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Brexit and What it Means for Housing

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Brexit and What it Means for Housing

There are changes aplenty in store as the UK ventures into uncharted waters following the Brexit vote, yet it seems that no one can predict, with any level of certainty at least what those changes might entail. Might there be a mass-exodus of those opposed to the decision, or might the country be on the verge of huge positive financial reform? It is very difficult to tell.

One major question regards our regularly-debated housing market. How will exiting the union affect what our properties are worth?

Post-referendum, the value of the pound against the dollar declined by a dramatic 17% initially, revealing financial panic in the country. However, the economy found itself gingerly and gradually on the mend once more shortly after. Developers seem to be approaching the country’s upcoming political reinvention with cautious optimism after a brief falter in the new-builds market which saw a number of international companies drop out – or consider dropping out – of their UK-based projects.

The concern generated by uncertainty appears to have caused the steady pre-Brexit rise of house-prices to level out somewhat as the market itself slows to a more careful pace. The purchasing of new builds is unlikely to suffer a great deal, as the government’s “Help to Buy” scheme has allowed a large number of first-time homeowners to attain newly built residences, and the number of success stories of this kind continue to rise. Construction companies are already less willing to take risks, however, causing the actual production of these new residences to slow, and property development rates as a whole are predicted to drop by at least 30%. Due to a general sense of hesitation within the market – a result of how little we are able to predict of the knock-on financial effects of the Brexit vote – transaction rates have suffered quite a decrease since winter 2016, and any further movement will be highly difficult to predict until Brexit comes into full force and the UK is rendered independent. On a positive note, however, interest rates on mortgages have remained low.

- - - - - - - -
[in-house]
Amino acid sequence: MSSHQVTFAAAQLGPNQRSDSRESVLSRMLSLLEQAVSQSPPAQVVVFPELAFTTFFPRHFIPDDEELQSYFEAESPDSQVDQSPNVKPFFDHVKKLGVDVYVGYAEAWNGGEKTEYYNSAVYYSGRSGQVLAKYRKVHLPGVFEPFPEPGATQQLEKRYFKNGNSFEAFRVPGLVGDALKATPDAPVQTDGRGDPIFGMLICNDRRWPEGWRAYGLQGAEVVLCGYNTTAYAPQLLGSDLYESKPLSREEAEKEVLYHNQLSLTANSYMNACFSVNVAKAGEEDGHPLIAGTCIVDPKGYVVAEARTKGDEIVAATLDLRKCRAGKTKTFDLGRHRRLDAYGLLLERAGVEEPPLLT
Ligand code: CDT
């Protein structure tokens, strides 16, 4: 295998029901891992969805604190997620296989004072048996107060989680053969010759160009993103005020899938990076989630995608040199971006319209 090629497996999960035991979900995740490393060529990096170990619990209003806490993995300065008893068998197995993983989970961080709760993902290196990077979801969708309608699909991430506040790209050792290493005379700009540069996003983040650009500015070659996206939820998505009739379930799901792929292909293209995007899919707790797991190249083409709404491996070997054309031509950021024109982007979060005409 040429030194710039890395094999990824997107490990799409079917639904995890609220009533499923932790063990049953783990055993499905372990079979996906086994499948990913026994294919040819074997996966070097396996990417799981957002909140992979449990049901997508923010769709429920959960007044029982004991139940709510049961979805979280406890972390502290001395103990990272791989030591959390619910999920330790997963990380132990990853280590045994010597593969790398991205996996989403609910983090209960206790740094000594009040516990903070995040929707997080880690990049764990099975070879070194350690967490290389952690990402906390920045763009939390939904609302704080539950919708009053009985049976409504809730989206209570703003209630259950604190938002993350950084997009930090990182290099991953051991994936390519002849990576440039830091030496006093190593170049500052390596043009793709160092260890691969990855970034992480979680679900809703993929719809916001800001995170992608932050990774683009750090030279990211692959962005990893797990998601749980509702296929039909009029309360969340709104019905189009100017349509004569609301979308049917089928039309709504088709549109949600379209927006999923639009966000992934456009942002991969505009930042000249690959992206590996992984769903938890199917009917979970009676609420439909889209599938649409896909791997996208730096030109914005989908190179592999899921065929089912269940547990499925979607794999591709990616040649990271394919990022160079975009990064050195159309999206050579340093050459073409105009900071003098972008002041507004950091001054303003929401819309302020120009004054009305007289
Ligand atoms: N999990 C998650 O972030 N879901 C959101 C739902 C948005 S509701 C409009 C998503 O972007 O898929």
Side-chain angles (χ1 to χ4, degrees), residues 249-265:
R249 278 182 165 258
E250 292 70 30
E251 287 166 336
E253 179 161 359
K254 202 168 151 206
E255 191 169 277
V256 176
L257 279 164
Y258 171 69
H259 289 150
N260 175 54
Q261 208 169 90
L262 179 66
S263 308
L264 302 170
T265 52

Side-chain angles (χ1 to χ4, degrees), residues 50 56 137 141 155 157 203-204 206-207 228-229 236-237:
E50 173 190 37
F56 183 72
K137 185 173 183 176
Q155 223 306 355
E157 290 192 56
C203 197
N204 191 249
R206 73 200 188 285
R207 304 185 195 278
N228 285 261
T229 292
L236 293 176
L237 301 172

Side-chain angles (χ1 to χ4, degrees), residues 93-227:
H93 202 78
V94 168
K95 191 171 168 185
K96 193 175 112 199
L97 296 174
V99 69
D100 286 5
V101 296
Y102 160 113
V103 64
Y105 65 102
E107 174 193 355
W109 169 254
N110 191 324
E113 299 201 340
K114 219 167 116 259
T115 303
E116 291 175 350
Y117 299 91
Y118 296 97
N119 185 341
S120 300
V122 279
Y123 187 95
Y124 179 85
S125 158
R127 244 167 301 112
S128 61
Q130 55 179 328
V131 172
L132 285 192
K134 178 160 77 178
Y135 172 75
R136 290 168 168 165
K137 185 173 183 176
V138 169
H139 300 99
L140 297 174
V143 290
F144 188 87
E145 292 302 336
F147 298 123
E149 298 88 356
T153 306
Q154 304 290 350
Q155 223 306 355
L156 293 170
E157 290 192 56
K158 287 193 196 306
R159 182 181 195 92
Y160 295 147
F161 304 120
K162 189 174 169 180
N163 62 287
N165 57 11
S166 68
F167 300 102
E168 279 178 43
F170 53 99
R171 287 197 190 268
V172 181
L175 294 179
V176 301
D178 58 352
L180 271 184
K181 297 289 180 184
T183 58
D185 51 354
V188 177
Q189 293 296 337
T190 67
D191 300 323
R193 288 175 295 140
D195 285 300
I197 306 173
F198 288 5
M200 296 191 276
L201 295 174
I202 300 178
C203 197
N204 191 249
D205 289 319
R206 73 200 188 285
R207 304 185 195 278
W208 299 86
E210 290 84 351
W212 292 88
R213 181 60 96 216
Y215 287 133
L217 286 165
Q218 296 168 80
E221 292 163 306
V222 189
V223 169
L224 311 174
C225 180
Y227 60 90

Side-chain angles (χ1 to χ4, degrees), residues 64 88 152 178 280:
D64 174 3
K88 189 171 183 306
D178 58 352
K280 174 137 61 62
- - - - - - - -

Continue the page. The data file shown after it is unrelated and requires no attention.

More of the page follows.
A notable change can be seen in the behaviour of overseas property investors. Due to the decline of the pound following the referendum, housing prices have been rendered particularly cheap within the foreign market while remaining relatively unmoved within the domestic one, and house prices both inside and outside of London may very well be due to rise as businesses from outside the UK take advantage of this. It is possible that this will result in a considerable money from the UK property market being siphoned out of the country’s economy should this rather concerning trend continue. As part of the aim of Brexit was to boost the UK’s financial recovery and assert its independence, this shift seems to demonstrate one area where the approach has failed.

Despite grim predictions to date, however, no traumatic crash has taken place. While stocks and shares in the property market certainly took an initial dive, they are gradually approaching a full recovery, and it appears that the country’s typically stoic optimism may be keeping us afloat.


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